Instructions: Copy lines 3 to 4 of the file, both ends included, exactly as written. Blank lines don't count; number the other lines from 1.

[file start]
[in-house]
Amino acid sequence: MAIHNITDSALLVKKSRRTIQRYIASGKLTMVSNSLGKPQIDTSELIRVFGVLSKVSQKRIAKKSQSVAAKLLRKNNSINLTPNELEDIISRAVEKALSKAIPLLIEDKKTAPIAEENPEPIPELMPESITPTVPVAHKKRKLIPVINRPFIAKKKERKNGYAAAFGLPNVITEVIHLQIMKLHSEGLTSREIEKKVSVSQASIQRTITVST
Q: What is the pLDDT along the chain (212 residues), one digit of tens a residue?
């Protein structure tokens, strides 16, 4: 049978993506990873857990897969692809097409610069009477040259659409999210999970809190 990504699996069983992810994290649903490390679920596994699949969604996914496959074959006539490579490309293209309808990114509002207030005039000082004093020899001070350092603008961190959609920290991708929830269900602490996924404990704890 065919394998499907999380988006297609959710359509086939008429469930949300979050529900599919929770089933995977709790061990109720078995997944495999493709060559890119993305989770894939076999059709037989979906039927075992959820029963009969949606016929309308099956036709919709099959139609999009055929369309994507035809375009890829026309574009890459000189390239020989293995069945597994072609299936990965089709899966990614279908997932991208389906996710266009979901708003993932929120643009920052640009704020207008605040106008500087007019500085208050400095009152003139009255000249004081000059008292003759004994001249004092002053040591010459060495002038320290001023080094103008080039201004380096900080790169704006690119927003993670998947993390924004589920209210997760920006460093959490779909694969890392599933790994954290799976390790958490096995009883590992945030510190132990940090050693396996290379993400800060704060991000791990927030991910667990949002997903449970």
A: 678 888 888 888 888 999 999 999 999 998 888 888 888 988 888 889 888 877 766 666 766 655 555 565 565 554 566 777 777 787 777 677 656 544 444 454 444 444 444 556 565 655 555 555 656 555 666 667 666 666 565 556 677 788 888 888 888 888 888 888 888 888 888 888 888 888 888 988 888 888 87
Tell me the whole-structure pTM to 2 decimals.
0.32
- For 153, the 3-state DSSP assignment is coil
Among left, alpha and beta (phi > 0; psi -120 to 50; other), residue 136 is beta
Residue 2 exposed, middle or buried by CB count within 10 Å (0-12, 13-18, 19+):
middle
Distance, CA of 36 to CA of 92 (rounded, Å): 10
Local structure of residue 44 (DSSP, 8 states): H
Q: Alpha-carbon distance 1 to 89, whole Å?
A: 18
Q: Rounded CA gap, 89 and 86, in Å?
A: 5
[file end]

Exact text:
Q: What is the pLDDT along the chain (212 residues), one digit of tens a residue?
């Protein structure tokens, strides 16, 4: 049978993506990873857990897969692809097409610069009477040259659409999210999970809190 990504699996069983992810994290649903490390679920596994699949969604996914496959074959006539490579490309293209309808990114509002207030005039000082004093020899001070350092603008961190959609920290991708929830269900602490996924404990704890 065919394998499907999380988006297609959710359509086939008429469930949300979050529900599919929770089933995977709790061990109720078995997944495999493709060559890119993305989770894939076999059709037989979906039927075992959820029963009969949606016929309308099956036709919709099959139609999009055929369309994507035809375009890829026309574009890459000189390239020989293995069945597994072609299936990965089709899966990614279908997932991208389906996710266009979901708003993932929120643009920052640009704020207008605040106008500087007019500085208050400095009152003139009255000249004081000059008292003759004994001249004092002053040591010459060495002038320290001023080094103008080039201004380096900080790169704006690119927003993670998947993390924004589920209210997760920006460093959490779909694969890392599933790994954290799976390790958490096995009883590992945030510190132990940090050693396996290379993400800060704060991000791990927030991910667990949002997903449970």